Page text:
Port City – Hrafnkell Sigurðsson
The Hafnarborg Centre for Culture & Fashion Films
April 21 – May 28 , 2012
Exhibition of new work by Hrafnkell Sigurðsson, mostly from 2011 and 2012, displaying photography, video and wall mounted sculptures. Hrafnkell Sigurðsson (b. 1963) graduated from the Icelandic College of Art and Crafts in 1987 and studied at the Jan Van Eyck Academy in Maastricht, Nederlands, from 1988-1990 and at Goldsmiths University in London from 2001-2002. Hrafnkell has participated in numerous group exhibitions as well as having solo exhibitions in Iceland and abroad.
About the exhibition:
Hrafnkell Sigurðsson (b. 1963) uses old junk, ships, and play equipment as material for the exhibition Port City. A video installation, photographs, a textile piece, and a large wall piece made of found objects form a unity strongly bound to its sources and also to Sigurðsson’s past work. Steel, paint, and tar create an ambience that one cannot help but associate with a male work environment, especially as the video piece depicts a man on his leisure time, relaxing and letting off steam.
Most materials in the exhibition were gathered on a slipway, the staging area where ships are landed for repairs and improvements. Big hulls are braced up so that the whole boat is visible, as it never is under normal circumstances, afloat at sea. The ships’ substance and shape become heavy and their nearness oppressive; they loom over the area, looking unstable and strangely out of proportion. The stuff of these mighty tools of labour and transport suddenly seems fragmented. The ships’ patched hulls inspired Sigurðsson’s photographic work Sides, in which pairs of images show both sides of a ship in the slip at a given moment in the repair process. Each pair thus shows a ship’s starboard and lee sides almost simultaneously. Such a limited part of the hull is shown that it is hard to tell what the subject is; form and colour come to dominate the work. As in much of Sigurðsson’s past oeuvre, connections are made here to art history and painters such as Rothko whose use of colour and form results in an almost spiritual experience. Yet the duality in Sigurðsson’s photographs arises more from the departure from a conceptual approach to the ship’s hull, its environment and being, into allusions to painting and the viewer’s personal experience of colour and form. The photographs convey a certain admiration for the painter’s task, but more for painting with a practical goal than for an artist’s painterly work.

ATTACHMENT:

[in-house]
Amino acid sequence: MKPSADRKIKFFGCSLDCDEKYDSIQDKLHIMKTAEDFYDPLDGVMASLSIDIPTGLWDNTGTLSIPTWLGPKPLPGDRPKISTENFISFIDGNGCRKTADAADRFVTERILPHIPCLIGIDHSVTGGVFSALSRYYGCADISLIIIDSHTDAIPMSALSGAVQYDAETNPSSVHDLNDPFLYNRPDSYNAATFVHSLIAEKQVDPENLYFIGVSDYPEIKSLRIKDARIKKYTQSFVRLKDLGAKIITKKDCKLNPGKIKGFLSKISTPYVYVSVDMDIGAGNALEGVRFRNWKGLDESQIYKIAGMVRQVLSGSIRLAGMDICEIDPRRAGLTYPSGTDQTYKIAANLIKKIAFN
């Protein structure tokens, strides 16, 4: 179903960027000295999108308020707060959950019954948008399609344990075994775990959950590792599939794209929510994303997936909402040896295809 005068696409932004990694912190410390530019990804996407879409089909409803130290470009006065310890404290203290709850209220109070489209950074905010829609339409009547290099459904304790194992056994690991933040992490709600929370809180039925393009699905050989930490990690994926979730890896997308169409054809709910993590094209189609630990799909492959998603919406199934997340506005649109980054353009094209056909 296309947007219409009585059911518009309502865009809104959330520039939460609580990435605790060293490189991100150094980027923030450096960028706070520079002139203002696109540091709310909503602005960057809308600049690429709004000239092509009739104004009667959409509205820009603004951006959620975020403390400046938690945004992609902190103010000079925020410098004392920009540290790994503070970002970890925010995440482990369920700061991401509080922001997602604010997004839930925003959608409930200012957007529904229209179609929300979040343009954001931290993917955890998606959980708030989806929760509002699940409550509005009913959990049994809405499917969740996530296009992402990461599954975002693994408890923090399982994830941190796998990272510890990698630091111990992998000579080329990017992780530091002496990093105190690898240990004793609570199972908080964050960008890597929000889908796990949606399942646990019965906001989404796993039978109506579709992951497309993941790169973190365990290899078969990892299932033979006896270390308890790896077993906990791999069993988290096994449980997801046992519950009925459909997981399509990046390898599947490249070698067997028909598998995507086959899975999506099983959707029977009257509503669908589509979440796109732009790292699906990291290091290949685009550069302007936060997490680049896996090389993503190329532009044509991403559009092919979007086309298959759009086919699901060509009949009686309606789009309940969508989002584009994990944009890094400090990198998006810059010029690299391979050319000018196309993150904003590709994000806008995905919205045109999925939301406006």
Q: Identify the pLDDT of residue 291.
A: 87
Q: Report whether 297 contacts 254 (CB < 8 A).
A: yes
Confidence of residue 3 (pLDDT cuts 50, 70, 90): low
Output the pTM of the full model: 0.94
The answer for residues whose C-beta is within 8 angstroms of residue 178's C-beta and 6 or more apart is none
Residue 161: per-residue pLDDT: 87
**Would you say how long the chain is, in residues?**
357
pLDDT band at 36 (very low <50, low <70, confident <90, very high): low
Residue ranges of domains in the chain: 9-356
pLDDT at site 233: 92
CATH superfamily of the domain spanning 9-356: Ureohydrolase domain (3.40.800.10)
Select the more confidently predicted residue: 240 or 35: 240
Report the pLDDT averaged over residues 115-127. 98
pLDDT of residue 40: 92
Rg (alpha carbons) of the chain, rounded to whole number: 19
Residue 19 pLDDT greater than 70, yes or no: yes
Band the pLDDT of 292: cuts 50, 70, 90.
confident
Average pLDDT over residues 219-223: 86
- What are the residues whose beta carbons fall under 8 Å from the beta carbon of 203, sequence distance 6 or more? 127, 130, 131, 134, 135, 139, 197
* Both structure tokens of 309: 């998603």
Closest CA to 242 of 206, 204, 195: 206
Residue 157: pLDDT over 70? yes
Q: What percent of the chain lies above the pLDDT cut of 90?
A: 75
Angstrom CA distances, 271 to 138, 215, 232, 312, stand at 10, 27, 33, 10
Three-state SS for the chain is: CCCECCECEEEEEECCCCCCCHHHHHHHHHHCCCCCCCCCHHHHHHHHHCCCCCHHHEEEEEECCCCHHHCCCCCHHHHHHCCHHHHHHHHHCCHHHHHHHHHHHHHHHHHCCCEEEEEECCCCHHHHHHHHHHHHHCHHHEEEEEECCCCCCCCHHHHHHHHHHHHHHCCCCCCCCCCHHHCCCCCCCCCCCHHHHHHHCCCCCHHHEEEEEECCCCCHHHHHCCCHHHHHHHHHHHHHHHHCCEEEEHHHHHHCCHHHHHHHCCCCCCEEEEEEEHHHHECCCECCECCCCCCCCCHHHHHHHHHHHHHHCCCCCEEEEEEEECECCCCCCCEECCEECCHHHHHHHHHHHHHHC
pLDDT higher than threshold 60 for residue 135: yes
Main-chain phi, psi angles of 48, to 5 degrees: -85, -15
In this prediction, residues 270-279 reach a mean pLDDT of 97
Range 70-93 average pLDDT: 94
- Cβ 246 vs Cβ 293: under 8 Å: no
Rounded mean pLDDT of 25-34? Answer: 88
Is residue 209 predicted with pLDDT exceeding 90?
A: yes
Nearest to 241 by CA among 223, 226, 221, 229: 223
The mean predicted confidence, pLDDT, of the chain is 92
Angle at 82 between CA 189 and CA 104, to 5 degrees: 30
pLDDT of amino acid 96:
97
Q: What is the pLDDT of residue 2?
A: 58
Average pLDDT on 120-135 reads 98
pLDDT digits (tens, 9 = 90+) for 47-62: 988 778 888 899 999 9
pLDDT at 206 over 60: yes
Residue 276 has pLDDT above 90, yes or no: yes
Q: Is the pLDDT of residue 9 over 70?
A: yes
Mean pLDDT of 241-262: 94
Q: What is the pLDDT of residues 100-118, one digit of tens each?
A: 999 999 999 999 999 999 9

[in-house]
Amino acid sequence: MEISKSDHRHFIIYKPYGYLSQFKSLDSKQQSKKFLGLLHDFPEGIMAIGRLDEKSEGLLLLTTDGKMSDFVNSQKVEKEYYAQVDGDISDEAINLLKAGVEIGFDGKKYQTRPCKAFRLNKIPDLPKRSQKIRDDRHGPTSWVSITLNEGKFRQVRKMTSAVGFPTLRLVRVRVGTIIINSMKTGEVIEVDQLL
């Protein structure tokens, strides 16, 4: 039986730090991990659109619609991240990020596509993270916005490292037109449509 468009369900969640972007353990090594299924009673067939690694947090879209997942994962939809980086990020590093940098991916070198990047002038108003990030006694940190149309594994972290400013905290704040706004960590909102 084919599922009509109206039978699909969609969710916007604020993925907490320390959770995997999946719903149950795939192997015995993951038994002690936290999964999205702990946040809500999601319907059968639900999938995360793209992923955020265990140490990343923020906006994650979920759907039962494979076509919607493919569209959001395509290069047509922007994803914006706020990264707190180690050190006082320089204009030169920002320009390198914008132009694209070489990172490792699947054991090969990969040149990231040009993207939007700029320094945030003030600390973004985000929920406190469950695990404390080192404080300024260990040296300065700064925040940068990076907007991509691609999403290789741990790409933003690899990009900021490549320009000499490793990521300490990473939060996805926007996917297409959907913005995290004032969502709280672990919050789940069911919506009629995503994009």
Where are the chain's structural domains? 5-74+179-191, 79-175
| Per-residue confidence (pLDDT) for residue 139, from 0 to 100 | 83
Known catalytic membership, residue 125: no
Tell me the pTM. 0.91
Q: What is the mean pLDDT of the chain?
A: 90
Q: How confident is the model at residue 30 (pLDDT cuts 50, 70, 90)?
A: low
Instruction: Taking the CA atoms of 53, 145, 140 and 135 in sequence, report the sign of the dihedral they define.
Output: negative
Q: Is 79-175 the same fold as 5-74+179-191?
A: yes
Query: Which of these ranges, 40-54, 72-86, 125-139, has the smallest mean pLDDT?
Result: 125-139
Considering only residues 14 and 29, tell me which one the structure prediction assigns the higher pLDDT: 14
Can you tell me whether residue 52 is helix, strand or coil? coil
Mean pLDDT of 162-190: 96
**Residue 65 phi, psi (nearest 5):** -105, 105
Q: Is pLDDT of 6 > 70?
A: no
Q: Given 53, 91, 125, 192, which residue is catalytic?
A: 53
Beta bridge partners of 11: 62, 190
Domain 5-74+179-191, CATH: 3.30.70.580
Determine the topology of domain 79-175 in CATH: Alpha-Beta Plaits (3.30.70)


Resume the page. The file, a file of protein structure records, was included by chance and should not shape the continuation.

The slip, as an environment, fascinates Sigurðsson: material, form, colour, and smell are part of a realm where action unfolds in a set process. Sigurðsson captures some parts of that realm in his photographs and reveals other aspects in Cloth, a work he fabricated from rags. He pulled them out of the slipway sludge and sewed them together into one continuous cloth. In this piece both human presence and remoteness are almost tangible, in that the cloths were clothing that fulfilled its purpose, got hard use as rags, and lastly were hand-sewn by Sigurðsson. The cloths’ original colour is barely discernible but forms an earth-tone palette under oil, paint, and dirt. Colour, smell, and texture distinguish this piece in many ways from Sigurðsson’s past work, which has primarily been in video and photography, in which colour and texture are impalpable; photography documents material but is not the material itself. A similar sense of colour and material characterizes Lids, a prominent work in this exhibition. Each of the found paint-can lids comprising this work is separately coated with paint; together they form a single large pictorial surface.
In the video installation Ride, a trip down a water slide is shown from two angles at once. The trip down the slide, the play of surrounding colours, and the game and excitement of rushing down are accented by Axel Hallkell Jóhannesson’s sound piece. The fear-tinged horseplay of the man enjoying a moment’s pleasure on a water slide renders him vulnerable, not unlike a ships’ hull hauled up in the slip: on a break from his duties but relating tensely to his environment.
Hrafnkell Sigurðsson graduated from the Icelandic College of Art and Crafts in 1987. He pursued graduate study at the Netherlands’ Jan van Eyck Academie from 1988 to 1990 and earned an MFA at Goldsmiths, University of London, in 2002. In his twenty-year exhibition career, Sigurðsson has shown his work in all of Iceland’s major exhibition spaces, including in a 2009 solo exhibition at the National Gallery of Iceland. He has also exhibited extensively abroad and been Iceland’s chosen representative at international exhibitions. His work is represented in public and private collections in Iceland and overseas. In 2007 Sigurðsson received the Icelandic Visual Arts Award.